Faith Strengthens By Hearing

June 13, 2016

لقد تغلبت على العالم

I first heard about the late night attack on a nightclub in Orlando at about 1pm Sunday, and struggled to get my mind around how some media and government people were calling it a “crime”. In my gut I knew that this was not a hate crime, but a very effective insurgent attack on the American mainland. The Sunday evening news had more of the same, and categorization as a law enforcement matter began to stress me out; to me it seemed dishonest of them to call what happened a crime. I went to bed late, and had fitful bouts of sleep amidst the turmoil in my soul.

The media message-shaping and anti-2nd Amendment rhetoric had slightly lessened by Monday morning when the word was out that the attack had been claimed and attributed to ISIS, but that began to present even more deeply disturbing thoughts and feelings in me as I watched the morning news reports. I have “skin in the game”, so yes, I do occasionally seek unbiased reporting on the state of our Nation. I am aware that most of the “news” is bad, but I am personally called to be a voter and be aware of the times. It’s part of my character.

The way I see it, this ad hoc terror group known as ISIS is a 4th or 5th generation of Al Qaeda and similar Islamic militancy. In 2004, I served in the United States Army and deployed to Iraq to help fight against the 1.5th or 2nd  generation of AQ, known by many names but comprising terrorists of all flavors intent on damaging peace. Islamic Militants are the only people who have ever attacked me directly and personally, tried to kill me personally, and on Sunday morning, a 4th or 5th generation insurgent operative attacked and killed Americans on our own soil down in Orlando. This felt like an immediate and total failure, both to me and to the memory of my brothers and sisters who died in Iraq and Afghanistan fighting these people on their soil.

The anxiety and sense of catastrophic loss mounted as I prepared for work, and I sat very still on my couch this morning after getting dressed, thinking and praying.

We would never be mourning the loss of life today if the military had done our job in 2004. The gun control political spinsters would be ineffectual today if we had done our job back then. Nothing we’ve done in the last 20 years has made a difference, if foreign militia are killing us in our own cities and towns here in CONUS. God, where are YOU?

Irrational, yes.

In fact, these thoughts are as irrational as they were real to me this morning. Sitting on my couch, I read Psalm 136, and then prayed for clarity and peace, that the fear and anguish would be defeated. Love endures forever. Finally, I headed to work after seriously considering a sick day to deal with the grief and the anger and sadness welling up into my temples and behind my eyelids. There are more distractions at my office than in my home, and I honestly knew I would be less of a distraction to the kids and wife if we kept our normal Monday schedule. I needed to get out of my head and occupy my brain with the mundane.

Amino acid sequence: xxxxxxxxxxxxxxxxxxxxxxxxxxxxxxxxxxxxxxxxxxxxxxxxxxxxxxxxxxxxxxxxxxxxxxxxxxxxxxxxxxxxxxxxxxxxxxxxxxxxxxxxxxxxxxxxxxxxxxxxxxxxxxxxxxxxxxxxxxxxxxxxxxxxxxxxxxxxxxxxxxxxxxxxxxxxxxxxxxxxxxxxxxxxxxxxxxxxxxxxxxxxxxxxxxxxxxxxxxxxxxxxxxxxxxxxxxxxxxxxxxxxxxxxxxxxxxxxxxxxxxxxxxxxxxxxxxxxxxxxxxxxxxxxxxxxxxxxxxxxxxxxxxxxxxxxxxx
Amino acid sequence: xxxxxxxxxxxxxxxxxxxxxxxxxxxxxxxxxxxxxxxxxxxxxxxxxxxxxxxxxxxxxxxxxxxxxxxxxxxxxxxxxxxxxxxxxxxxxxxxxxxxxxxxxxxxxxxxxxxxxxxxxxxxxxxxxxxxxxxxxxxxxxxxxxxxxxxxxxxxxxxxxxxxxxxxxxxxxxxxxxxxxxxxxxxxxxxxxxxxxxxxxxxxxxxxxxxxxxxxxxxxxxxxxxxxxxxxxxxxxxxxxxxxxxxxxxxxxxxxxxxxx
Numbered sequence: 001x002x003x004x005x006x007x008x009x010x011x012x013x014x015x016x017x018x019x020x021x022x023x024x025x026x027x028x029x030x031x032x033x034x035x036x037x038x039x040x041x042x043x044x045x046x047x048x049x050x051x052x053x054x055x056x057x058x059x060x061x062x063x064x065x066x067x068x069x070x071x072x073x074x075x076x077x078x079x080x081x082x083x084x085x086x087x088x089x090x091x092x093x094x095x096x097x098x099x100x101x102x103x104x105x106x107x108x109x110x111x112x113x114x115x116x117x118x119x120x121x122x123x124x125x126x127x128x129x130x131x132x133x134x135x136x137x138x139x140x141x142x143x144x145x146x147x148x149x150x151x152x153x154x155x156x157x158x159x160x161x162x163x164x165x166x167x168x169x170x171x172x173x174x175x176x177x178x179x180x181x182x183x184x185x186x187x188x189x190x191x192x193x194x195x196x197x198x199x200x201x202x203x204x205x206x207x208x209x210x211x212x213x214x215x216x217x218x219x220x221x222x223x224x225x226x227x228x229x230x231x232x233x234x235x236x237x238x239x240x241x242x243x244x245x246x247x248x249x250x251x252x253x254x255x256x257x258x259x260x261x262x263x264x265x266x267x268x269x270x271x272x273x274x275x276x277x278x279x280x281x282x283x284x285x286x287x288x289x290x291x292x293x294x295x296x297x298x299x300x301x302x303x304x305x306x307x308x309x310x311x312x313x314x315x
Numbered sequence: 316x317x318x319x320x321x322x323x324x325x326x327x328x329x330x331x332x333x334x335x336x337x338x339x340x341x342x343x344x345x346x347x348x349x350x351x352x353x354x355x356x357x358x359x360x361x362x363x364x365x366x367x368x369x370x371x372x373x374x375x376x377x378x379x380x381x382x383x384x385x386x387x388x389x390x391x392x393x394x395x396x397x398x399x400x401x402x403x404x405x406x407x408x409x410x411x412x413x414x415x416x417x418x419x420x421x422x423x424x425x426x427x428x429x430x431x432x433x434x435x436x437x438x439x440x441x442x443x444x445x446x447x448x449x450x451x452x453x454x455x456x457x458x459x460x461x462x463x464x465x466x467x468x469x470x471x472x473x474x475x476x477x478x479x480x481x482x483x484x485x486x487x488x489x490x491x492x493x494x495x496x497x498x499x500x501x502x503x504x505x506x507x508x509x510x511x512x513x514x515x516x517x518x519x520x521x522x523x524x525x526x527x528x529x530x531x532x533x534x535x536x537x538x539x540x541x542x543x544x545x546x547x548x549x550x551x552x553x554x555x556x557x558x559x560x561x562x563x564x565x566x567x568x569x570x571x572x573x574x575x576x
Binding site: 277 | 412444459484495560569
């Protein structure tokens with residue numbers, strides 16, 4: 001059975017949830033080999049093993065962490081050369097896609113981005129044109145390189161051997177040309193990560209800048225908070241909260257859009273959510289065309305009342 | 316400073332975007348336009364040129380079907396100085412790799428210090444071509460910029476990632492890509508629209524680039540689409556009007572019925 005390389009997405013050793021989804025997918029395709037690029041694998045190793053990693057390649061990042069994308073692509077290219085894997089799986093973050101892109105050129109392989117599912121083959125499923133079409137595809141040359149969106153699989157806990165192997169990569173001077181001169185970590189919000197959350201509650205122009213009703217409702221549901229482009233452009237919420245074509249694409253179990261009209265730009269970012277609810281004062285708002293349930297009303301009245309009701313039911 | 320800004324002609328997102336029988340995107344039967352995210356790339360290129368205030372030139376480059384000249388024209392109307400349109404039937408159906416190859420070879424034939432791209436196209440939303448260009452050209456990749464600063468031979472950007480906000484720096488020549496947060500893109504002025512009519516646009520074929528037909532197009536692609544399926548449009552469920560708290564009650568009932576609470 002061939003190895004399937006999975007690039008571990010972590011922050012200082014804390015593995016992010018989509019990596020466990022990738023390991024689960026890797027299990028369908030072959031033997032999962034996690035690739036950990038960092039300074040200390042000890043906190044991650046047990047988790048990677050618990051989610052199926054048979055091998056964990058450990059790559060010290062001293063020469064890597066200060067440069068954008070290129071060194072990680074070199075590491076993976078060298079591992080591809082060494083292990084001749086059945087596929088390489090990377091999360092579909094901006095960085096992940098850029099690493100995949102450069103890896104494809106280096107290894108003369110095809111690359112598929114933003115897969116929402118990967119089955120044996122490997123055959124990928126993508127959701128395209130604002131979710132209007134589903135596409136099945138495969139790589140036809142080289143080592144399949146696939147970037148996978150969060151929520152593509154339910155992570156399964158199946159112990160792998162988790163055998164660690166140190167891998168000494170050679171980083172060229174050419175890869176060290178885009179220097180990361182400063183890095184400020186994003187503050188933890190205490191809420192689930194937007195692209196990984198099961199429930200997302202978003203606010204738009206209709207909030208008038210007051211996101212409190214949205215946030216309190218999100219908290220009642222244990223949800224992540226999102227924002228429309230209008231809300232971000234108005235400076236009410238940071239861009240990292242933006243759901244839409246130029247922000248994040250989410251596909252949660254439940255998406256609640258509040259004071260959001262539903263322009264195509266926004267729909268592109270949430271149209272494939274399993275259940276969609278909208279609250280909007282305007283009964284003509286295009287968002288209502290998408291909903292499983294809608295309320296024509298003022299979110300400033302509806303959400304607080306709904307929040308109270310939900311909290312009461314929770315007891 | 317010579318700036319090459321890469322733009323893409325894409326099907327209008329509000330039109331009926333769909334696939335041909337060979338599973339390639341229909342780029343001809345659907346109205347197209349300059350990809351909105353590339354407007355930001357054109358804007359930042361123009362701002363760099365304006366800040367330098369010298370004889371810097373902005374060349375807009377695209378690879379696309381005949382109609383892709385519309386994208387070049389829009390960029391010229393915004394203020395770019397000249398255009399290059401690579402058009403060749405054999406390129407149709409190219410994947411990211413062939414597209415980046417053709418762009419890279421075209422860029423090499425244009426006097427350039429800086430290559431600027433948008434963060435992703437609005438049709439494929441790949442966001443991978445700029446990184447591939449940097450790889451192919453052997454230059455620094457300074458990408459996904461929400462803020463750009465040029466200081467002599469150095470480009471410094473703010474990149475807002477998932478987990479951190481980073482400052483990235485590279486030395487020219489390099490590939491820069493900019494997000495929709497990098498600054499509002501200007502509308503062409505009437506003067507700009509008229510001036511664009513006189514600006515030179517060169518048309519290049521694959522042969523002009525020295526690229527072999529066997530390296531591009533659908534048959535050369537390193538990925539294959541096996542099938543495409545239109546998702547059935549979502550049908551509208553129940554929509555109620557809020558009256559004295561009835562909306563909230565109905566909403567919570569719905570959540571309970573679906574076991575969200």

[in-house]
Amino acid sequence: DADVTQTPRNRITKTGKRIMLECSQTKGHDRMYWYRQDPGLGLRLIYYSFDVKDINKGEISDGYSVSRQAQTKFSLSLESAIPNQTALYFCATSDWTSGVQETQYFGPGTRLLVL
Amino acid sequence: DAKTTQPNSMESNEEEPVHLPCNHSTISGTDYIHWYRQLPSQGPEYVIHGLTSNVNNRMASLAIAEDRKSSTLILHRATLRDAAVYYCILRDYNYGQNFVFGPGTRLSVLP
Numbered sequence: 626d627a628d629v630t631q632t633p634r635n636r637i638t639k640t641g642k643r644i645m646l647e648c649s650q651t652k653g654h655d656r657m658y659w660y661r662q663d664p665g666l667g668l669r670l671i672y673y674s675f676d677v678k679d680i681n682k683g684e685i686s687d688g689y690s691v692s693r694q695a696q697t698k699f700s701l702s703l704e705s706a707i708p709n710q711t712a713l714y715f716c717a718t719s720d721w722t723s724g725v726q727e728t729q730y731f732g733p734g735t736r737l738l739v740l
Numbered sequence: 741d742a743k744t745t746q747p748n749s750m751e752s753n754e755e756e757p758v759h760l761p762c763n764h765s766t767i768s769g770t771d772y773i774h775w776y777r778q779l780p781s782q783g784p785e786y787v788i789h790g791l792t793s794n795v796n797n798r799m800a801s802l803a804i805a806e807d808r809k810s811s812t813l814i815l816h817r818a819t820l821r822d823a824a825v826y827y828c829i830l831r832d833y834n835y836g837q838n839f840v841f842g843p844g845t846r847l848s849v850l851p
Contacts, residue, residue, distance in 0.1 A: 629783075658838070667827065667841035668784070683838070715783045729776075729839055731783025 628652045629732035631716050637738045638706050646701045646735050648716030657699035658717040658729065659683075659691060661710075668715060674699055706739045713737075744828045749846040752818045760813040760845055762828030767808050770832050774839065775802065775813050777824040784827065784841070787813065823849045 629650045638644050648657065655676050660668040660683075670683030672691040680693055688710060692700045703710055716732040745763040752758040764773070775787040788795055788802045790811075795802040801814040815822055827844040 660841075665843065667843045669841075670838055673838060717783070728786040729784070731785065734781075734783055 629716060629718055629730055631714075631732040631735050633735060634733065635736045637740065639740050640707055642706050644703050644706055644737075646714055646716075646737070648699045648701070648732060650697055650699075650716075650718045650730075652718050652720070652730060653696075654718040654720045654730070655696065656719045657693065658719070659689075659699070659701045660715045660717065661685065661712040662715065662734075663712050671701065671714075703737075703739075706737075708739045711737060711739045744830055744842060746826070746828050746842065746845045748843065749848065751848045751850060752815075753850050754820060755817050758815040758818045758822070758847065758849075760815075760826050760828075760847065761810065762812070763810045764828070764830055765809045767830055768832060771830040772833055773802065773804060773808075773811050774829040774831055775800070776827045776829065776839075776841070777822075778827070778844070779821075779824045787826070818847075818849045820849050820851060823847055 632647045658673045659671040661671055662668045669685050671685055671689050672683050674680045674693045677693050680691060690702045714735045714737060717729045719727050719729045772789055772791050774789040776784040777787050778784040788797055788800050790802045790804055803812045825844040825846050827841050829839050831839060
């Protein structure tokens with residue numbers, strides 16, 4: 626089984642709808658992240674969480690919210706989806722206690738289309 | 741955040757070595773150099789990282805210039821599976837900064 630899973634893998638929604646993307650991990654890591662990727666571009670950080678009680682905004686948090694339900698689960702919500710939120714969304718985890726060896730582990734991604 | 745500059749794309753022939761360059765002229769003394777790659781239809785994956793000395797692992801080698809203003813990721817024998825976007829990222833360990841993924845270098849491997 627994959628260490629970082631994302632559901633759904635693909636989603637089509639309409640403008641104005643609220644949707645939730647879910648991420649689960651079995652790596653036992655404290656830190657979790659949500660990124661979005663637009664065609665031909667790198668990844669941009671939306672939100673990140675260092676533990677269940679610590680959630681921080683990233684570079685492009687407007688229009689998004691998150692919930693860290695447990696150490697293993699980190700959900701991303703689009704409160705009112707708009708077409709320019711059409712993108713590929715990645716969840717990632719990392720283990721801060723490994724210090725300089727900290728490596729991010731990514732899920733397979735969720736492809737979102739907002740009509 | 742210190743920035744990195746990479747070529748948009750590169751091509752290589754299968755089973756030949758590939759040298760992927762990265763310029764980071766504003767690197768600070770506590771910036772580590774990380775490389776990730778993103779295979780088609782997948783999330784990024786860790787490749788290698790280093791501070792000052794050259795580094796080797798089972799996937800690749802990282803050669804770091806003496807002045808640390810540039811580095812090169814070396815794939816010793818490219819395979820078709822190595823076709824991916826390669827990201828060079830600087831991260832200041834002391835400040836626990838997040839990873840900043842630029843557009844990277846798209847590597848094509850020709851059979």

Before I left the house, I checked all of my firearms, and said goodbye to the wife very meaningfully, as if I may not be coming home. It has been over 10 years since I’ve done that, but I felt as if CONUS had now become a very low intensity conflict zone. Anyway, I got to the office, lowered our National colors out front to half-staff, and then tried to concentrate on work.

The anxiety and the feelings of fearful hopelessness crept slowly but surely higher in my mind, and I began to pray fervently at my desk and listen to worship music. Finally, having had enough, I went downstairs to a vacant conference room, closed the door and turned off the lights. In the semi-darkness, I shut off my cellphone and took out the battery before plugging my ears and screwing my eyes shut tightly.

Everything was laid out before God. The streams of media and music and talking and interaction and busyness were shut off in my brain, and I bared it all to Him. I cried out for help, and for peace, and for a clear stability that was free of fear and anxiety and horror and failure. Psalm 136 came back, and I prayed each verse aloud. There began to be a withdrawing of the barrage, as if a tide was receding. My prayer was,